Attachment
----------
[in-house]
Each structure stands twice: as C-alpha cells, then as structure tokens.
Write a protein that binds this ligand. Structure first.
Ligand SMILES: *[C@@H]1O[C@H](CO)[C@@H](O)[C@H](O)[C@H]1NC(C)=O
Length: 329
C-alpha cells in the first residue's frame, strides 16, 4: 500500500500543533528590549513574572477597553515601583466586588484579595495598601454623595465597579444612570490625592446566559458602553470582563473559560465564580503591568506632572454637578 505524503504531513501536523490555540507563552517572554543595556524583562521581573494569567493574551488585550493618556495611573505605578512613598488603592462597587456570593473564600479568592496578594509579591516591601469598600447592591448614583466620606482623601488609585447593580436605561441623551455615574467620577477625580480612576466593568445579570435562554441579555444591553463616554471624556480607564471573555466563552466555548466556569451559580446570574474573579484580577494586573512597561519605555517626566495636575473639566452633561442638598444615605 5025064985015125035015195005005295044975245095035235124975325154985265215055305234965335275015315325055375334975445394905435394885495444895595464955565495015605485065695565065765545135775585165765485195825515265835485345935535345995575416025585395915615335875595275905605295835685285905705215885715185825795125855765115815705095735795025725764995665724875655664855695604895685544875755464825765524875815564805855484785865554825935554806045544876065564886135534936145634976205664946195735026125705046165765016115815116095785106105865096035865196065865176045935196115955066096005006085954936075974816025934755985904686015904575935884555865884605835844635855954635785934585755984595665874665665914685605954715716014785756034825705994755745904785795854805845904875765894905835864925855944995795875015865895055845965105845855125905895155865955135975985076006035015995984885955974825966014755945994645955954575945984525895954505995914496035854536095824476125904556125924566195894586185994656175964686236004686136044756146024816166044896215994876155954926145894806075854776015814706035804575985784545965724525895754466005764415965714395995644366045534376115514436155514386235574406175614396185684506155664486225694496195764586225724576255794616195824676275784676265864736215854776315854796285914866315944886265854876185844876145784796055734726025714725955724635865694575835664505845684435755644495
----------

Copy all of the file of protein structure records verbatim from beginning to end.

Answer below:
[in-house]
Each structure stands twice: as C-alpha cells, then as structure tokens.
Write a protein that binds this ligand. Structure first.
Ligand SMILES: *[C@@H]1O[C@H](CO)[C@@H](O)[C@H](O)[C@H]1NC(C)=O
Length: 329
C-alpha cells in the first residue's frame, strides 16, 4: 500500500500543533528590549513574572477597553515601583466586588484579595495598601454623595465597579444612570490625592446566559458602553470582563473559560465564580503591568506632572454637578 505524503504531513501536523490555540507563552517572554543595556524583562521581573494569567493574551488585550493618556495611573505605578512613598488603592462597587456570593473564600479568592496578594509579591516591601469598600447592591448614583466620606482623601488609585447593580436605561441623551455615574467620577477625580480612576466593568445579570435562554441579555444591553463616554471624556480607564471573555466563552466555548466556569451559580446570574474573579484580577494586573512597561519605555517626566495636575473639566452633561442638598444615605 5025064985015125035015195005005295044975245095035235124975325154985265215055305234965335275015315325055375334975445394905435394885495444895595464955565495015605485065695565065765545135775585165765485195825515265835485345935535345995575416025585395915615335875595275905605295835685285905705215885715185825795125855765115815705095735795025725764995665724875655664855695604895685544875755464825765524875815564805855484785865554825935554806045544876065564886135534936145634976205664946195735026125705046165765016115815116095785106105865096035865196065865176045935196115955066096005006085954936075974816025934755985904686015904575935884555865884605835844635855954635785934585755984595665874665665914685605954715716014785756034825705994755745904785795854805845904875765894905835864925855944995795875015865895055845965105845855125905895155865955135975985076006035015995984885955974825966014755945994645955954575945984525895954505995914496035854536095824476125904556125924566195894586185994656175964686236004686136044756146024816166044896215994876155954926145894806075854776015814706035804575985784545965724525895754466005764415965714395995644366045534376115514436155514386235574406175614396185684506155664486225694496195764586225724576255794616195824676275784676265864736215854776315854796285914866315944886265854876185844876145784796055734726025714725955724635865694575835664505845684435755644495